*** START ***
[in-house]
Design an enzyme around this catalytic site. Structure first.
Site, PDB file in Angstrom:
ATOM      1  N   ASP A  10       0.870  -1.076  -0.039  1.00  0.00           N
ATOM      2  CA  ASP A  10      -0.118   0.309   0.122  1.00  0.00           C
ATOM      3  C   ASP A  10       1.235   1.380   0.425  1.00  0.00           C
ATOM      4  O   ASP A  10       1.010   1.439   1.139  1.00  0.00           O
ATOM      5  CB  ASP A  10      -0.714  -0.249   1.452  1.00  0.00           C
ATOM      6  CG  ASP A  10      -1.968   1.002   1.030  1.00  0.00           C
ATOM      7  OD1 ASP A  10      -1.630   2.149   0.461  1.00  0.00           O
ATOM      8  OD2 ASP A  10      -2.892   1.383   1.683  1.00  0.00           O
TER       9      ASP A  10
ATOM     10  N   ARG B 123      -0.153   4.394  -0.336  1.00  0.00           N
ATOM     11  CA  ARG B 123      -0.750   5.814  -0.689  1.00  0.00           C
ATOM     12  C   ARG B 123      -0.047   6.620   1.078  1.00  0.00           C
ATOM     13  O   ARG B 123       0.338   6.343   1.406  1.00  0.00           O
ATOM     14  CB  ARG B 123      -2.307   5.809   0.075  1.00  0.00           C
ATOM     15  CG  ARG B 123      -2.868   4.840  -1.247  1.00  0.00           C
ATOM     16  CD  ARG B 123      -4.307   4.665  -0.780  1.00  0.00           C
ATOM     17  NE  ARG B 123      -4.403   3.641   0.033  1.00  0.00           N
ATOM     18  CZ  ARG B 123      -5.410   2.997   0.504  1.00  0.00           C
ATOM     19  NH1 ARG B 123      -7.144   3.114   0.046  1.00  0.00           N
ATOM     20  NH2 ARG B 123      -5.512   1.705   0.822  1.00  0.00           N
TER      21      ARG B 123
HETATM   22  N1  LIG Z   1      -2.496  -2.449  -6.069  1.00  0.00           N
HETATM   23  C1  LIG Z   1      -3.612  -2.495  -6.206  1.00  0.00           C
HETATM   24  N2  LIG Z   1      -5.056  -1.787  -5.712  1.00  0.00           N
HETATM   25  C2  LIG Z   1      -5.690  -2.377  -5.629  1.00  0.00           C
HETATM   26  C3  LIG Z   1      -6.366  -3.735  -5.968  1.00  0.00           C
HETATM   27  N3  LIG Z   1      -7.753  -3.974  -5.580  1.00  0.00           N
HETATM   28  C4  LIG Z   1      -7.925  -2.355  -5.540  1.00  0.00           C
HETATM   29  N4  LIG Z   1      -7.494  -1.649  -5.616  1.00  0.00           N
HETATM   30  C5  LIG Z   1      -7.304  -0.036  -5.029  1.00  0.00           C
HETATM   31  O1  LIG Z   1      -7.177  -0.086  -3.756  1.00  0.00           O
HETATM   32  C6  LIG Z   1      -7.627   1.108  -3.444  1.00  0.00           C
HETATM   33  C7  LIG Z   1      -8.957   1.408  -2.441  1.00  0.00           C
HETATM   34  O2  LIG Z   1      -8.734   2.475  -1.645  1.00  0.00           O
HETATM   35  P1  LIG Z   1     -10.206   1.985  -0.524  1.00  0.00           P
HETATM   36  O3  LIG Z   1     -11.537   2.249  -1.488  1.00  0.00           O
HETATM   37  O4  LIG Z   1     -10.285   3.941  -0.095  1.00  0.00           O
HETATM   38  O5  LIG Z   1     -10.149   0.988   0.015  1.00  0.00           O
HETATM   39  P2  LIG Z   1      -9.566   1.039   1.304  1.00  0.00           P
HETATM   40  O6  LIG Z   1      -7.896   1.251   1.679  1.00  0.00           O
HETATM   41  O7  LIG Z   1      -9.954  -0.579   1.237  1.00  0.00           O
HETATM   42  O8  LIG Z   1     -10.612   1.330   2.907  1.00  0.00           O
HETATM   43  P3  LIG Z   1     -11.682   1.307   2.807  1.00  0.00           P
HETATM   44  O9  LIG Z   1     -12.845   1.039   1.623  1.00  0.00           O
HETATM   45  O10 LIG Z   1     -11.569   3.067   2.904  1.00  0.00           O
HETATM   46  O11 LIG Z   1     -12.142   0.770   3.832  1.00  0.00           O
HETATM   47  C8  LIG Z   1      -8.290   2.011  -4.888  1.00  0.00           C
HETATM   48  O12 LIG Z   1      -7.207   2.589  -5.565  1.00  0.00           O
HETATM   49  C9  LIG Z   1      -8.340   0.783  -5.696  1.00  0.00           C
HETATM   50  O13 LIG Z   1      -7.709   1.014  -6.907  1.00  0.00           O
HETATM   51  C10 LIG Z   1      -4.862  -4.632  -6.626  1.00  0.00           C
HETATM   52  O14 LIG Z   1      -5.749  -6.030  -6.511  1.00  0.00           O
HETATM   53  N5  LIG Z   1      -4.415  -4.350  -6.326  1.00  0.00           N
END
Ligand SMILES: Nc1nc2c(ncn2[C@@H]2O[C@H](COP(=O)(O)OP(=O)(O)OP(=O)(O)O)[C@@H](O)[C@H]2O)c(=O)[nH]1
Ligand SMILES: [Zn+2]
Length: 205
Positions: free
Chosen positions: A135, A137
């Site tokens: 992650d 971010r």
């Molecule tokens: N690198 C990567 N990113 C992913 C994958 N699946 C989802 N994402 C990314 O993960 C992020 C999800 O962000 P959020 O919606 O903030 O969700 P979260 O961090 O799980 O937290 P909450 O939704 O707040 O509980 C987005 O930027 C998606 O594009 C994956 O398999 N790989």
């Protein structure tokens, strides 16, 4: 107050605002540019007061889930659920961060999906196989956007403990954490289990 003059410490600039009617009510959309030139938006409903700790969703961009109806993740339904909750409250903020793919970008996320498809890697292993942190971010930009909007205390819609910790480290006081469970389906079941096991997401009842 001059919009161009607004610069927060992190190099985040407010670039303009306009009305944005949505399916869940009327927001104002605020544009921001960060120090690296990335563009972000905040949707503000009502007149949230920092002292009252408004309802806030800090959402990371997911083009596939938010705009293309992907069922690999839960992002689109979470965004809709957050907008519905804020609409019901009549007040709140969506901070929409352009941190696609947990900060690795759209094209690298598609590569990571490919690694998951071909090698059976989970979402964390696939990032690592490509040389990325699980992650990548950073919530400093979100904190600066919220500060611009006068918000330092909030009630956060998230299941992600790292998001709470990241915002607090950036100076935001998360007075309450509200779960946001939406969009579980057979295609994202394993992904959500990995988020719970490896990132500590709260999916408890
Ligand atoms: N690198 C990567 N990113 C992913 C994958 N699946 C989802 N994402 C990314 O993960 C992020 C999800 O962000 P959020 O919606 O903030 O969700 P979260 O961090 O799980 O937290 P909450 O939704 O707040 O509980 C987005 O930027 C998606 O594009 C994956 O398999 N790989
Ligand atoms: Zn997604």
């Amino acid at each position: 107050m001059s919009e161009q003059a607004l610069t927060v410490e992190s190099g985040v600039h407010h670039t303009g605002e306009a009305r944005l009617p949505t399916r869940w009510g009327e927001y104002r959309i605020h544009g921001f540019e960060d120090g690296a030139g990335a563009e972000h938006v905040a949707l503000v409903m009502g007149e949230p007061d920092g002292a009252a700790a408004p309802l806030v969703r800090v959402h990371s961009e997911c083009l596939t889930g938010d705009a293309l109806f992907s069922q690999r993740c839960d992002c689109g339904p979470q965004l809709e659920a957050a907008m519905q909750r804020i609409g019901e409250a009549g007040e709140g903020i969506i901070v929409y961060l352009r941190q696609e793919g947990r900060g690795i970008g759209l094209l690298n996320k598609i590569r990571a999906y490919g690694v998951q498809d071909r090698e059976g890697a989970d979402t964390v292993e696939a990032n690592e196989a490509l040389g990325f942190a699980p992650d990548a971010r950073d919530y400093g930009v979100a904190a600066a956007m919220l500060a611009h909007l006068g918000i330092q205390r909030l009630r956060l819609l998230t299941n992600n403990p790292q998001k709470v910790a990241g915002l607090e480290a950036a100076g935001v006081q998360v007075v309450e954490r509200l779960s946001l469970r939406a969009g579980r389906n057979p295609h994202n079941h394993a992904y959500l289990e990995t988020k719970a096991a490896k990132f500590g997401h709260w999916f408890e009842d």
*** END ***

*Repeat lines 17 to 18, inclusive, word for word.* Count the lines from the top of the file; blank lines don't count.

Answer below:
ATOM     14  CB  ARG B 123      -2.307   5.809   0.075  1.00  0.00           C
ATOM     15  CG  ARG B 123      -2.868   4.840  -1.247  1.00  0.00           C